To me, the common thread in all of this seems to be a waning of deference, humility and circumspection in favor of “me” – a New Hubris. I do not think this is about red state/blue state radicalization, as today’s climate is a hug fest compared to the 1960’s. This is not about ideology, or the Libertarian/Ayn Randian wing of the Republican Party would be ascending, versus falling away. And the often predicted push for a third party never gets out of the cult of personality status of a Ross Perot.

Our cultural attitude seems to slouching into a place of pissed-off narcissism.  The enabler of this ‘tude,  may be the 110,000,000 “smart phones” Americans have acquired in the last decade, making every owner the Info–Master of his or her own Universe. It’s hard to acknowledge fallibility when the wisdom of the world accompanies you 24/7/365.

Going into our fourth year of economic anxiety, personal entitlement should, logically, be on the wane in favor of the Great Depression spirit of shared survival. But social logic seems to be finding solace in a newly empowered “me”, versus comfort in herding. We are turned on by Ultimate Fighting where there are no rules save preventing death. We love Reality TV where each “performer” could easily be “me”.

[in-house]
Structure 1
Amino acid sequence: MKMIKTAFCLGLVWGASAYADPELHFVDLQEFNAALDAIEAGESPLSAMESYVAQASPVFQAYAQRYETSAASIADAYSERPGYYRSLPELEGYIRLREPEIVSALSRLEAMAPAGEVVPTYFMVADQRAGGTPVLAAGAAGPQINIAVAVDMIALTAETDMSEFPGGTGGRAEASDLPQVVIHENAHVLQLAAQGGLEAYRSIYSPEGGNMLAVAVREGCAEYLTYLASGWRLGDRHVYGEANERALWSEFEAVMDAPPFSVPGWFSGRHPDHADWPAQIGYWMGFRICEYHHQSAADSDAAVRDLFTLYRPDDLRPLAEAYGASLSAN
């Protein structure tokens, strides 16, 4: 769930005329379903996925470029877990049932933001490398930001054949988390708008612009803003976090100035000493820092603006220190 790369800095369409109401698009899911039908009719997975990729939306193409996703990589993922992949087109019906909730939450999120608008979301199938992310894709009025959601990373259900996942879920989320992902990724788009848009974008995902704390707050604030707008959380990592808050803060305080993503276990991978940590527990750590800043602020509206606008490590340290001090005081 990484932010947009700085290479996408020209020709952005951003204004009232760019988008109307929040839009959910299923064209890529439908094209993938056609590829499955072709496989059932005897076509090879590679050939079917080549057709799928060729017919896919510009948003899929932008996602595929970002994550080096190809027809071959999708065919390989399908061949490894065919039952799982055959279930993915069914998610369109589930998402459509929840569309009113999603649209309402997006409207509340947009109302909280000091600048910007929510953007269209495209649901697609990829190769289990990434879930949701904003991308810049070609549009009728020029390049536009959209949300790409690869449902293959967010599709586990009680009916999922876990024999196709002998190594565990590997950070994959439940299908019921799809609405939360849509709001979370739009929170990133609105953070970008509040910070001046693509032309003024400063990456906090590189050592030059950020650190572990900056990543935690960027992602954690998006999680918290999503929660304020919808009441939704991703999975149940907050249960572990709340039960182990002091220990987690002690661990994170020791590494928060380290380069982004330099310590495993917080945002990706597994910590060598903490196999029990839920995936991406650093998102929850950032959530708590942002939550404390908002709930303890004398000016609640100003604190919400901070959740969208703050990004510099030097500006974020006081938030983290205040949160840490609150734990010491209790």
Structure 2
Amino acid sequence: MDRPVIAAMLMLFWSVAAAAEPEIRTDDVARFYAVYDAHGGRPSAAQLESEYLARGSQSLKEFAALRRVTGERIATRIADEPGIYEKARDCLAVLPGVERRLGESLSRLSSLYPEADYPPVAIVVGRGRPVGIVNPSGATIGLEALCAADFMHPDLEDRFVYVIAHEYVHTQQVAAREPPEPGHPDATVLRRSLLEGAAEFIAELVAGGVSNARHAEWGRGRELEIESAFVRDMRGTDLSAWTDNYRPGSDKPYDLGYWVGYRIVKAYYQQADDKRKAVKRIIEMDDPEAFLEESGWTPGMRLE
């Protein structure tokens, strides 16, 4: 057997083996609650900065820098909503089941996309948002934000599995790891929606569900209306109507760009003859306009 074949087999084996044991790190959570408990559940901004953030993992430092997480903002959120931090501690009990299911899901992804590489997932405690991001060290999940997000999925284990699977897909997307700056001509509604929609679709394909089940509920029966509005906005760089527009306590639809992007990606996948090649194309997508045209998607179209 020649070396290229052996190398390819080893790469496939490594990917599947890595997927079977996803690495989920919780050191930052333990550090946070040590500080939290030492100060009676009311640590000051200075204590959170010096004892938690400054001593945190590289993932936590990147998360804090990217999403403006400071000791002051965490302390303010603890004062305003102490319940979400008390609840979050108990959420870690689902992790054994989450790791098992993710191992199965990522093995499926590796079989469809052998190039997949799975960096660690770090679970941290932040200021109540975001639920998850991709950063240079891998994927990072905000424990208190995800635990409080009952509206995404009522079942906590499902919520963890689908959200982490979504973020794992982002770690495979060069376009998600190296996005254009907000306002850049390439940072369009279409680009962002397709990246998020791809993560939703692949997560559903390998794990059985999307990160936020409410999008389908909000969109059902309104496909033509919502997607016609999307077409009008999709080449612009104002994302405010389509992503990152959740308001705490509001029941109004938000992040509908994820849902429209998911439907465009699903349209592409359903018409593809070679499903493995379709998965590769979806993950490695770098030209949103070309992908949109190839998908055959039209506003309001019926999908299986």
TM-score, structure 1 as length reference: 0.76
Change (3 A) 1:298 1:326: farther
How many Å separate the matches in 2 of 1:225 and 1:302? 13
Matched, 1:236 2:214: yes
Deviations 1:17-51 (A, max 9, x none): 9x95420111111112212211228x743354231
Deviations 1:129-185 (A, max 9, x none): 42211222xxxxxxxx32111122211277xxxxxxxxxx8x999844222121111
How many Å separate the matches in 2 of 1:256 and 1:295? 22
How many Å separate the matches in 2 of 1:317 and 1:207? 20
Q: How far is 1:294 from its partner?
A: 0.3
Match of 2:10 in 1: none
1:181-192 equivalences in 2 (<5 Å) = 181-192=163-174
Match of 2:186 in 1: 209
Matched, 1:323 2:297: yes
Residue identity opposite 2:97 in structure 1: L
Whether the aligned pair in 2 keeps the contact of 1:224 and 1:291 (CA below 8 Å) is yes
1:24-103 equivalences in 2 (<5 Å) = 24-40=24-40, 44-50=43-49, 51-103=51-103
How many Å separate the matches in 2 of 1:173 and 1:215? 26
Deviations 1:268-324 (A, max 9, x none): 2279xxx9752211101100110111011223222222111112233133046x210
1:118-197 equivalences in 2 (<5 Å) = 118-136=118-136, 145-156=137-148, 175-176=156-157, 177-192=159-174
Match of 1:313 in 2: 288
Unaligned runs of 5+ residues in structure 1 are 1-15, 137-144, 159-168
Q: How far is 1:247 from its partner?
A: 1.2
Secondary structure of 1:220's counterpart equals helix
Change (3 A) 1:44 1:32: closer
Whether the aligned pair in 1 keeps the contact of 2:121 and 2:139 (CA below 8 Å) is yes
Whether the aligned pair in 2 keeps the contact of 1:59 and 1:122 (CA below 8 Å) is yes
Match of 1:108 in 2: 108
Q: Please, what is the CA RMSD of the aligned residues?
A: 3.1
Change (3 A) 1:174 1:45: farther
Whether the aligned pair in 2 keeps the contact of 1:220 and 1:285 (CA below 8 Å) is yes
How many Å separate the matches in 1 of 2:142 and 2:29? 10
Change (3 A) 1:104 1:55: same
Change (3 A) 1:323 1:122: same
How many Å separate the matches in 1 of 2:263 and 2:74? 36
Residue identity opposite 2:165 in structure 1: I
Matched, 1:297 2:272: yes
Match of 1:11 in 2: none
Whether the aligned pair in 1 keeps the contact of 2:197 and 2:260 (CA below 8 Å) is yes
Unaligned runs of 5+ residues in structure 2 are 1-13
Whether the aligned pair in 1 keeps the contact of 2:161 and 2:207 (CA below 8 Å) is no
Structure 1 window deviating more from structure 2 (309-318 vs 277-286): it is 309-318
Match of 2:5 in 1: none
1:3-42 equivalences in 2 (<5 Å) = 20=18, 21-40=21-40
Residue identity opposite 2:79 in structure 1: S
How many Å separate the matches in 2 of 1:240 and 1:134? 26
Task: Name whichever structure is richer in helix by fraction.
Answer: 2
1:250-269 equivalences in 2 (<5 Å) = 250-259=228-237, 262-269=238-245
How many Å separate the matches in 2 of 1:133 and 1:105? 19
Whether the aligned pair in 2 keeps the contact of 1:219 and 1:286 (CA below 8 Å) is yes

But that personalization has a cost. When you are the medium and the message, you can be judged pretty harshly – and the anonymity of the cyber world that has created this New Hubris means “flaming” by others who are following their empowered “me” (“trolls”) is reaching exquisite heights of absurdity.

The more defensive you are, the easier it is to be outraged. A time of downward expectations crimps a higher sense of purpose other than individual survival. Whether you railed against the idea that “47%” are “takers”, or “you didn’t build that”, those unscripted quips cut many to the bone in a way I found disturbing. The reactions had no sense of perspective, only deep personal offense at awkward extemporizing.